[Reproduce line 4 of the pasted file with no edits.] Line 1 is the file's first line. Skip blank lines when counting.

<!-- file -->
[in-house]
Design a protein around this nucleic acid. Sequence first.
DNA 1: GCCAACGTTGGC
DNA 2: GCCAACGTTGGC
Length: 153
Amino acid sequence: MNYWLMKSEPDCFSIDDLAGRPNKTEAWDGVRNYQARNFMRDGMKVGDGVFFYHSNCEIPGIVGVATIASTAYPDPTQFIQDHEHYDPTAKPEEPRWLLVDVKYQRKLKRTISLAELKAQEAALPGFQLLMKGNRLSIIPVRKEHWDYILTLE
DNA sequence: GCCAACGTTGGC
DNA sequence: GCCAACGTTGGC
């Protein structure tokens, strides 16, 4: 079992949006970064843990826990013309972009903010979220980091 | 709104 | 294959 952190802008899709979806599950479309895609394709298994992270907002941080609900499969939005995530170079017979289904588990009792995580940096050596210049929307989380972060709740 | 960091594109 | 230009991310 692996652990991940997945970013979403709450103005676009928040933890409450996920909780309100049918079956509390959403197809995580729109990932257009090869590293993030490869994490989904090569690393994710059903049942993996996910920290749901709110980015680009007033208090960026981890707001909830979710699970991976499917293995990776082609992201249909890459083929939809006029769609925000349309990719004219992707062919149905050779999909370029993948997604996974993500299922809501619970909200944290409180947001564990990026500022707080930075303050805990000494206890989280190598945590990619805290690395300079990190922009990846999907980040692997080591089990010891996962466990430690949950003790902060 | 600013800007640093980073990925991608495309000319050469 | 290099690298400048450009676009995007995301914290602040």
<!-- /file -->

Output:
DNA 2: GCCAACGTTGGC